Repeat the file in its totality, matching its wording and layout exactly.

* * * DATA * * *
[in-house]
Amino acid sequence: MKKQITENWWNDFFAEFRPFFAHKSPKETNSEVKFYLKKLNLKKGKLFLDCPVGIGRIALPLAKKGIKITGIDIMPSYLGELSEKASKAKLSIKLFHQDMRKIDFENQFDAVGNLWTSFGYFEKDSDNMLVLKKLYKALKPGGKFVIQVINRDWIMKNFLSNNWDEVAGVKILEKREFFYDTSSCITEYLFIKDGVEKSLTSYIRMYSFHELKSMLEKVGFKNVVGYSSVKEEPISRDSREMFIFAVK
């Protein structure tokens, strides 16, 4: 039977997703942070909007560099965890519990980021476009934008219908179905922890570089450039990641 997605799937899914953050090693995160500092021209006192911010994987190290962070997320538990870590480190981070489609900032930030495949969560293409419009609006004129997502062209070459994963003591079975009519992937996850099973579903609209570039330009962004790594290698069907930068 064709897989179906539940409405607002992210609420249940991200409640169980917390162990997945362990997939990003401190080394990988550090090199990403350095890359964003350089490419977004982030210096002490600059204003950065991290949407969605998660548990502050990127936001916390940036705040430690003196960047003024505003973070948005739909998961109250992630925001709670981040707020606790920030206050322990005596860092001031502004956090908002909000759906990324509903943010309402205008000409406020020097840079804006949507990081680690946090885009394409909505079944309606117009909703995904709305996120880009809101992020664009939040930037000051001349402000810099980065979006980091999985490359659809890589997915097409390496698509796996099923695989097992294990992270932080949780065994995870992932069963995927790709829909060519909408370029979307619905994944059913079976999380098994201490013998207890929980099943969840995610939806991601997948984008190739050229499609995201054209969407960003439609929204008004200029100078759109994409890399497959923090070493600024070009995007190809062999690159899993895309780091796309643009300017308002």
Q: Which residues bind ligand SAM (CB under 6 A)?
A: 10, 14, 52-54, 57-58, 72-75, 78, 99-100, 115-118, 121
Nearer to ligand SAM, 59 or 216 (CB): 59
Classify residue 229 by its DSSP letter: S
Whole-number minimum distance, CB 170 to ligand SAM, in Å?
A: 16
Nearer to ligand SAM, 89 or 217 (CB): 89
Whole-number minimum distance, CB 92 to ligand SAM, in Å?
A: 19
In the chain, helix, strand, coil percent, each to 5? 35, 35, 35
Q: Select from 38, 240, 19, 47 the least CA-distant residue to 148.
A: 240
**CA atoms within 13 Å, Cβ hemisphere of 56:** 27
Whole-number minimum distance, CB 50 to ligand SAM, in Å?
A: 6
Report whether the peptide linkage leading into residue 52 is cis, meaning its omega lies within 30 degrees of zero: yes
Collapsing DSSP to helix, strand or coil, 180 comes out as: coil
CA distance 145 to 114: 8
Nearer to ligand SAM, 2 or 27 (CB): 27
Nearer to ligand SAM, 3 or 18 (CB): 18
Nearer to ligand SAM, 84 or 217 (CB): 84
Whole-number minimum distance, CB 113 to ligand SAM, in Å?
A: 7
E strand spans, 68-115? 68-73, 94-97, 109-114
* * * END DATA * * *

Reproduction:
[in-house]
Amino acid sequence: MKKQITENWWNDFFAEFRPFFAHKSPKETNSEVKFYLKKLNLKKGKLFLDCPVGIGRIALPLAKKGIKITGIDIMPSYLGELSEKASKAKLSIKLFHQDMRKIDFENQFDAVGNLWTSFGYFEKDSDNMLVLKKLYKALKPGGKFVIQVINRDWIMKNFLSNNWDEVAGVKILEKREFFYDTSSCITEYLFIKDGVEKSLTSYIRMYSFHELKSMLEKVGFKNVVGYSSVKEEPISRDSREMFIFAVK
């Protein structure tokens, strides 16, 4: 039977997703942070909007560099965890519990980021476009934008219908179905922890570089450039990641 997605799937899914953050090693995160500092021209006192911010994987190290962070997320538990870590480190981070489609900032930030495949969560293409419009609006004129997502062209070459994963003591079975009519992937996850099973579903609209570039330009962004790594290698069907930068 064709897989179906539940409405607002992210609420249940991200409640169980917390162990997945362990997939990003401190080394990988550090090199990403350095890359964003350089490419977004982030210096002490600059204003950065991290949407969605998660548990502050990127936001916390940036705040430690003196960047003024505003973070948005739909998961109250992630925001709670981040707020606790920030206050322990005596860092001031502004956090908002909000759906990324509903943010309402205008000409406020020097840079804006949507990081680690946090885009394409909505079944309606117009909703995904709305996120880009809101992020664009939040930037000051001349402000810099980065979006980091999985490359659809890589997915097409390496698509796996099923695989097992294990992270932080949780065994995870992932069963995927790709829909060519909408370029979307619905994944059913079976999380098994201490013998207890929980099943969840995610939806991601997948984008190739050229499609995201054209969407960003439609929204008004200029100078759109994409890399497959923090070493600024070009995007190809062999690159899993895309780091796309643009300017308002």
Q: Which residues bind ligand SAM (CB under 6 A)?
A: 10, 14, 52-54, 57-58, 72-75, 78, 99-100, 115-118, 121
Nearer to ligand SAM, 59 or 216 (CB): 59
Classify residue 229 by its DSSP letter: S
Whole-number minimum distance, CB 170 to ligand SAM, in Å?
A: 16
Nearer to ligand SAM, 89 or 217 (CB): 89
Whole-number minimum distance, CB 92 to ligand SAM, in Å?
A: 19
In the chain, helix, strand, coil percent, each to 5? 35, 35, 35
Q: Select from 38, 240, 19, 47 the least CA-distant residue to 148.
A: 240
**CA atoms within 13 Å, Cβ hemisphere of 56:** 27
Whole-number minimum distance, CB 50 to ligand SAM, in Å?
A: 6
Report whether the peptide linkage leading into residue 52 is cis, meaning its omega lies within 30 degrees of zero: yes
Collapsing DSSP to helix, strand or coil, 180 comes out as: coil
CA distance 145 to 114: 8
Nearer to ligand SAM, 2 or 27 (CB): 27
Nearer to ligand SAM, 3 or 18 (CB): 18
Nearer to ligand SAM, 84 or 217 (CB): 84
Whole-number minimum distance, CB 113 to ligand SAM, in Å?
A: 7
E strand spans, 68-115? 68-73, 94-97, 109-114